New research reveals that scientists can detect a broad range of cancers using a protein from malaria.
Researchers from the University of Copenhagen discovered this new method of finding cancer. Published in Nature Communications on Thursday, the study explains how this malaria protein has the unique ability to detect early-stage cancer in blood.
"We have developed a method in which we take a blood sample, and with great sensitivity and specificity, we're able to retrieve the individual cancer cells from the blood," professor Ali Salanti, an author on the study, said in a statement. "We catch the cancer cells in greater numbers than existing methods, which offers the opportunity to detect cancer earlier and thus improve outcome."
According to the World Health Organization, cancer is the second leading cause of death in the world, with more than 8.8 million people dying from it each year. Out of all global deaths, one in six is from cancer. While scientists have made many strides in recent decades, much research is still needed to be able to tackle the many types of cancer. This new research will help with the fight with not just one, but multiple types of cancer.
"You can use this method to diagnose broadly, as it's not dependent on cancer type. We have already detected various types of cancer cells in blood samples," Salanti said. "And if there is a cancer cell in your blood, you have a tumor somewhere in your body."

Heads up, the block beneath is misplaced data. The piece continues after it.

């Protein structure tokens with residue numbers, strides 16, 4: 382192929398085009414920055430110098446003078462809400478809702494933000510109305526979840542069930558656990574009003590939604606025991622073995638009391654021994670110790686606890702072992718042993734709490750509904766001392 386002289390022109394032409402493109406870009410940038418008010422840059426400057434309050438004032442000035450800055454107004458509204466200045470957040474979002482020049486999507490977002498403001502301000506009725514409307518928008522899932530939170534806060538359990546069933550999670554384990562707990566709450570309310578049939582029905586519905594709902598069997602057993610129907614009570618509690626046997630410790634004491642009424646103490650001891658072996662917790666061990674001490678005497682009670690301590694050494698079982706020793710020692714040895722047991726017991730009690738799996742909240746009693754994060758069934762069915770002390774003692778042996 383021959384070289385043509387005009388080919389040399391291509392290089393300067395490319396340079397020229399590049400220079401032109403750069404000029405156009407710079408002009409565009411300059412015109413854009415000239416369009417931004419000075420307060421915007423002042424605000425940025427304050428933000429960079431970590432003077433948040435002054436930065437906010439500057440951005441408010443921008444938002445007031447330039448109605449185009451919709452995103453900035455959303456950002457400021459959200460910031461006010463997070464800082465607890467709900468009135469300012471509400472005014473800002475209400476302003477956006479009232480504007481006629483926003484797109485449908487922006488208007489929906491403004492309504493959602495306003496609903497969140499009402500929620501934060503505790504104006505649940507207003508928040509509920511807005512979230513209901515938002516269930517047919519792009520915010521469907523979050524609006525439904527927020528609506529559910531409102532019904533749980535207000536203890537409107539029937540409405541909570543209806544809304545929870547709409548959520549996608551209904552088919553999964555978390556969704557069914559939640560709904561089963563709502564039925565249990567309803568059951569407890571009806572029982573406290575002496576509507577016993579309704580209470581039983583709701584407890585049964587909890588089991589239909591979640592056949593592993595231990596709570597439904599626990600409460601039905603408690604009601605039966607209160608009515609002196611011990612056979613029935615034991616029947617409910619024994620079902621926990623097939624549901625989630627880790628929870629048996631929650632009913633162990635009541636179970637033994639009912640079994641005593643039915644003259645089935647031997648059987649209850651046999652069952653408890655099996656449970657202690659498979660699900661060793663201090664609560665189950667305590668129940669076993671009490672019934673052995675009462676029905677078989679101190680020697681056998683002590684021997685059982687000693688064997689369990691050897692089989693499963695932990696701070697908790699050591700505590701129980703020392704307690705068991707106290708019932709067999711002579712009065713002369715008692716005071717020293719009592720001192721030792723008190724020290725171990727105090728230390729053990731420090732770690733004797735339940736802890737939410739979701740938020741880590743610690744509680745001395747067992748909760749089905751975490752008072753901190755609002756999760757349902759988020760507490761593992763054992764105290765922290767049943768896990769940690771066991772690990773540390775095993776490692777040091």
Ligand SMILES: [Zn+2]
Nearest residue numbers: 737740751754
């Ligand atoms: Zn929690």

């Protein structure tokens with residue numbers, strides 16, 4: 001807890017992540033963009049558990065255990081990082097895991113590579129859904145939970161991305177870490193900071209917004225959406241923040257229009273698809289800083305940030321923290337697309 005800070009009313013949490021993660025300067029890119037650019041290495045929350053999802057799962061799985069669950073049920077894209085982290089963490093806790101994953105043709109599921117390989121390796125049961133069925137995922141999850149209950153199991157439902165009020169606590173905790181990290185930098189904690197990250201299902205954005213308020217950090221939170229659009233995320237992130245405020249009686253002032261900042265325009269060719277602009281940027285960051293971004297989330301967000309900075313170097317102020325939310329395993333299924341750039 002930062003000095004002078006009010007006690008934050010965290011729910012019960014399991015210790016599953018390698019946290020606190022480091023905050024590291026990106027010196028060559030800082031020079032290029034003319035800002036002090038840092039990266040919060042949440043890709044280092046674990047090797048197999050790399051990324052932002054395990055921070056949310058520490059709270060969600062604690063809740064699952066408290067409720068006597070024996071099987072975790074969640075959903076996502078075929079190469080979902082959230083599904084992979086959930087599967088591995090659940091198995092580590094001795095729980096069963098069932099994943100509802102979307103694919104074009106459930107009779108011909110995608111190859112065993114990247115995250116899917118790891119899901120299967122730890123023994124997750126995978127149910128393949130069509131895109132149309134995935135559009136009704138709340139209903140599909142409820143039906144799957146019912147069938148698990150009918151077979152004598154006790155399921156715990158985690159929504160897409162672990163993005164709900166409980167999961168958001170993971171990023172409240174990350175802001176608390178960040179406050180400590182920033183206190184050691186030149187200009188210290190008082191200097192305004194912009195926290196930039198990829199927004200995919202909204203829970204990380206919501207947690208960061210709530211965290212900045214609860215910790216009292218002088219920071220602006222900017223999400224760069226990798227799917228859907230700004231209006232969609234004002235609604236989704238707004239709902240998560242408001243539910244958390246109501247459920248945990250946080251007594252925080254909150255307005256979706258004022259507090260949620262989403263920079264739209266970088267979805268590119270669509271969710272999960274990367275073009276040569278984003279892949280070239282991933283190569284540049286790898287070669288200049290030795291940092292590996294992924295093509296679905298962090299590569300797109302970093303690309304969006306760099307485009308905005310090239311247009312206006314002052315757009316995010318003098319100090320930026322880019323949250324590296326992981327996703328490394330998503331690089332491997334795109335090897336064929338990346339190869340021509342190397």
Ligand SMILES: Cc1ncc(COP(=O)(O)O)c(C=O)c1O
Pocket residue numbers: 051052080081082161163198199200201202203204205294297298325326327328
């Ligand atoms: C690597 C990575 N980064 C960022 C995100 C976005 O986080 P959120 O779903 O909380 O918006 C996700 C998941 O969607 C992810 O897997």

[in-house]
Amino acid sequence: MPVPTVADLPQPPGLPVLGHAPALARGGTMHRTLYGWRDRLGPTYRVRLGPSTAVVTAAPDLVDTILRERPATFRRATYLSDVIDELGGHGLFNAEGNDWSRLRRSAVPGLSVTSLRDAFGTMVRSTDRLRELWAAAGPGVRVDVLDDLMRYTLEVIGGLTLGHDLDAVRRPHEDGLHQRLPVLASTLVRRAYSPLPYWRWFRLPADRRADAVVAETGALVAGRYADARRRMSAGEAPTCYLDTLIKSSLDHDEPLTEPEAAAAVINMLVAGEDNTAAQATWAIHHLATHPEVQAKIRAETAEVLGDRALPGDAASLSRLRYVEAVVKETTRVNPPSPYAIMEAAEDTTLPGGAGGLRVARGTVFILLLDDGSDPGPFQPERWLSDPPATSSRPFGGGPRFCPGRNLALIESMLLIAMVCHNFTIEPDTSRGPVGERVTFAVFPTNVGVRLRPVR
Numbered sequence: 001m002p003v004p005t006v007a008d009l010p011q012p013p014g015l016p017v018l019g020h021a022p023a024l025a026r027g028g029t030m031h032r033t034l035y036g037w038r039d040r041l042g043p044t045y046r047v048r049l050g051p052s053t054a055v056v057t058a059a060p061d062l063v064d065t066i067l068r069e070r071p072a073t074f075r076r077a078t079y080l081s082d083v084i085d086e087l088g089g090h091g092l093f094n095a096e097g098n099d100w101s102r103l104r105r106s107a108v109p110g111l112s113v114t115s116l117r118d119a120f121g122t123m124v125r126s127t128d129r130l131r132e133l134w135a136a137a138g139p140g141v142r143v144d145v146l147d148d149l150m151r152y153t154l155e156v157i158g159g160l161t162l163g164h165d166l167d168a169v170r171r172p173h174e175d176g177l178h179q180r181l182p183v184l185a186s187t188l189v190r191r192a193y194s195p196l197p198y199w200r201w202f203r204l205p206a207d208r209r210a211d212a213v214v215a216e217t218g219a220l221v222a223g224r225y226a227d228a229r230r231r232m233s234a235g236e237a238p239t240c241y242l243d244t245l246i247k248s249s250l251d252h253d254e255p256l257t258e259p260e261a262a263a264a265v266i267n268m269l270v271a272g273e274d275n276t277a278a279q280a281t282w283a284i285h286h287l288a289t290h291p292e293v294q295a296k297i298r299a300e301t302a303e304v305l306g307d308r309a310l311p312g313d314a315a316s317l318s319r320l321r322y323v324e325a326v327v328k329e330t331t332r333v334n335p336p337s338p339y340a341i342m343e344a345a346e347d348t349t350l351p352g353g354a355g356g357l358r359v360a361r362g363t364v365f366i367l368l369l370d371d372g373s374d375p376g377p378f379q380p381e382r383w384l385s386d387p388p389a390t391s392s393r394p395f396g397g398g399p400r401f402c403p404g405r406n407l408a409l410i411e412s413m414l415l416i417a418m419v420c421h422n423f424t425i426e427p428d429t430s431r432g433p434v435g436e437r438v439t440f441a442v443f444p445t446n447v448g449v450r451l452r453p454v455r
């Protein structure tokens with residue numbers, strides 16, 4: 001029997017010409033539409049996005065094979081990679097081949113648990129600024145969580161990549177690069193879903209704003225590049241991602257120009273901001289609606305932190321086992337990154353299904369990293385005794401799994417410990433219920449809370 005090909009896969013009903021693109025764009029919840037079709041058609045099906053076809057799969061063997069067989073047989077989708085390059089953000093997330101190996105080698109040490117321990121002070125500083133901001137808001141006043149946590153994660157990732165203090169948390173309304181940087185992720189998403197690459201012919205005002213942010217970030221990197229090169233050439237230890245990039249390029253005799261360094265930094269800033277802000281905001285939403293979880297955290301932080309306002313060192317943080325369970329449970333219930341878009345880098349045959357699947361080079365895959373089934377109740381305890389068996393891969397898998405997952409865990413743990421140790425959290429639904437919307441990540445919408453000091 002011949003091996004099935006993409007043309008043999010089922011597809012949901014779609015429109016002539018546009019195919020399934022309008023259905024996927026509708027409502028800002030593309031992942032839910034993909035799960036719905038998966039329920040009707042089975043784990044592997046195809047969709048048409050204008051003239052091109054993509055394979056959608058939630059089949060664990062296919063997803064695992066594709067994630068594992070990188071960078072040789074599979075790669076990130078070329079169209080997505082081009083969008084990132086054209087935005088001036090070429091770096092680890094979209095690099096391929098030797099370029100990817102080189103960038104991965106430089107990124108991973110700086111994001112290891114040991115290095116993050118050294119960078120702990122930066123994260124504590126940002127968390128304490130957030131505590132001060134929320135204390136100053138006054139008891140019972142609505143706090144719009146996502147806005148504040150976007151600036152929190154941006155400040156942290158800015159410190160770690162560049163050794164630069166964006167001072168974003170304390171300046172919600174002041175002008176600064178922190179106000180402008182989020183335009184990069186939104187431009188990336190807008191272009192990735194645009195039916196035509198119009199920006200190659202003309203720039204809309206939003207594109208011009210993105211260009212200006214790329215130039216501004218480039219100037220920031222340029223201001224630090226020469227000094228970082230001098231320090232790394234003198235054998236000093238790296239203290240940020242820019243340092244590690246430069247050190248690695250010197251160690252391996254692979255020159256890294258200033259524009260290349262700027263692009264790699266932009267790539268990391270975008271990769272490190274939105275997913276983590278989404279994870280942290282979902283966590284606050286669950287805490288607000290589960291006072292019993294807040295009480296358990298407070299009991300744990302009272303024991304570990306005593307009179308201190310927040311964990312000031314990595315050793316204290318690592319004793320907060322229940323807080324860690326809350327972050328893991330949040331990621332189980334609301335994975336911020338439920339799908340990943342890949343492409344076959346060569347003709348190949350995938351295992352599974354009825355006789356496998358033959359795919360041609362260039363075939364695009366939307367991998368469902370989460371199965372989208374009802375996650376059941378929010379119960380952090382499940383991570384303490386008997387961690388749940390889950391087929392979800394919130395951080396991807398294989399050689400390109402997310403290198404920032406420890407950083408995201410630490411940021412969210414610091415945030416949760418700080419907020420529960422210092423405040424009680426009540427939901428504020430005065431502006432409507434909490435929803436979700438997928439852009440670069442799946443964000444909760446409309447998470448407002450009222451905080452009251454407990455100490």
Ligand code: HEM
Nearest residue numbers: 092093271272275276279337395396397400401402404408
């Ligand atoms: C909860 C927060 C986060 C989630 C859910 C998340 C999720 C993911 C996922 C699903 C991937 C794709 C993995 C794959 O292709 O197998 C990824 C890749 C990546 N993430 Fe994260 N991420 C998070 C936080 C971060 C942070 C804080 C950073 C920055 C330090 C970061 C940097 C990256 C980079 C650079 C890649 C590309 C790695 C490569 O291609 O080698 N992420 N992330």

Other methods exist for detecting cancer in the blood, most of which rely on a marker on the surface of tumor cells. Since not all tumor cells display this marker, some cancers can slip through the cracks. Now, the malaria protein VAR2CSA can be used. VAR2CSA sticks to a sugar molecule that's found in over 95 percent of all cancer cells. To test the method, the scientists inserted 10 cancer cells into a blood sample. By using the malaria protein, they were able to retrieve nine out of the 10 cells.
"We count the number of cancer cells, and based on that, we're able to make a prognosis. You can, for example, decide to change a given treatment if the number of circulating tumor cells does not change during the treatment the patient is currently undergoing," Mette Ørskov Agerbæk, author of the study, said in a statement.
Using the malaria protein will help with the treatment plan, too. Agerbæk said, "This method also enables us to retrieve live cancer cells, which we can then grow and use for testing treatments in order to determine which type of treatment the patient responds to."